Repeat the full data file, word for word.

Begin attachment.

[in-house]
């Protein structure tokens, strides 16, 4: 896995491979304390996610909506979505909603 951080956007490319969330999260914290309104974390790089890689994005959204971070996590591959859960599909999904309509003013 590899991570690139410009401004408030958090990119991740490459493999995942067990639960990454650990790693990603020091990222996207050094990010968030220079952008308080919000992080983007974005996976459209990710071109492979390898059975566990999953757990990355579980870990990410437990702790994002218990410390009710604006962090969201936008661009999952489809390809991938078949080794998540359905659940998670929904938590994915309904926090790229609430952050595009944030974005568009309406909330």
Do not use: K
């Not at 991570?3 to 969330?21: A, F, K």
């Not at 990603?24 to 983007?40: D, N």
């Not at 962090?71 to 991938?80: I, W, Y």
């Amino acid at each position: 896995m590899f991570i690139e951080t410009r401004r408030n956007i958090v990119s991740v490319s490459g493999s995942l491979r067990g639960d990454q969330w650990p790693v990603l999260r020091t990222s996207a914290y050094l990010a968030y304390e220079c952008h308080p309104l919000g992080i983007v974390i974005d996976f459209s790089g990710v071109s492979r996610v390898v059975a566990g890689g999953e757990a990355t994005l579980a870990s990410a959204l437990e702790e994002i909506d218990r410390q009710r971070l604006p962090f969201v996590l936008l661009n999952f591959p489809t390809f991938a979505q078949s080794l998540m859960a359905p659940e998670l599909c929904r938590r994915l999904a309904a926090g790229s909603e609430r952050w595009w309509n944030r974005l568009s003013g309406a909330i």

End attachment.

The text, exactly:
[in-house]
């Protein structure tokens, strides 16, 4: 896995491979304390996610909506979505909603 951080956007490319969330999260914290309104974390790089890689994005959204971070996590591959859960599909999904309509003013 590899991570690139410009401004408030958090990119991740490459493999995942067990639960990454650990790693990603020091990222996207050094990010968030220079952008308080919000992080983007974005996976459209990710071109492979390898059975566990999953757990990355579980870990990410437990702790994002218990410390009710604006962090969201936008661009999952489809390809991938078949080794998540359905659940998670929904938590994915309904926090790229609430952050595009944030974005568009309406909330």
Do not use: K
């Not at 991570?3 to 969330?21: A, F, K």
């Not at 990603?24 to 983007?40: D, N």
């Not at 962090?71 to 991938?80: I, W, Y």
């Amino acid at each position: 896995m590899f991570i690139e951080t410009r401004r408030n956007i958090v990119s991740v490319s490459g493999s995942l491979r067990g639960d990454q969330w650990p790693v990603l999260r020091t990222s996207a914290y050094l990010a968030y304390e220079c952008h308080p309104l919000g992080i983007v974390i974005d996976f459209s790089g990710v071109s492979r996610v390898v059975a566990g890689g999953e757990a990355t994005l579980a870990s990410a959204l437990e702790e994002i909506d218990r410390q009710r971070l604006p962090f969201v996590l936008l661009n999952f591959p489809t390809f991938a979505q078949s080794l998540m859960a359905p659940e998670l599909c929904r938590r994915l999904a309904a926090g790229s909603e609430r952050w595009w309509n944030r974005l568009s003013g309406a909330i």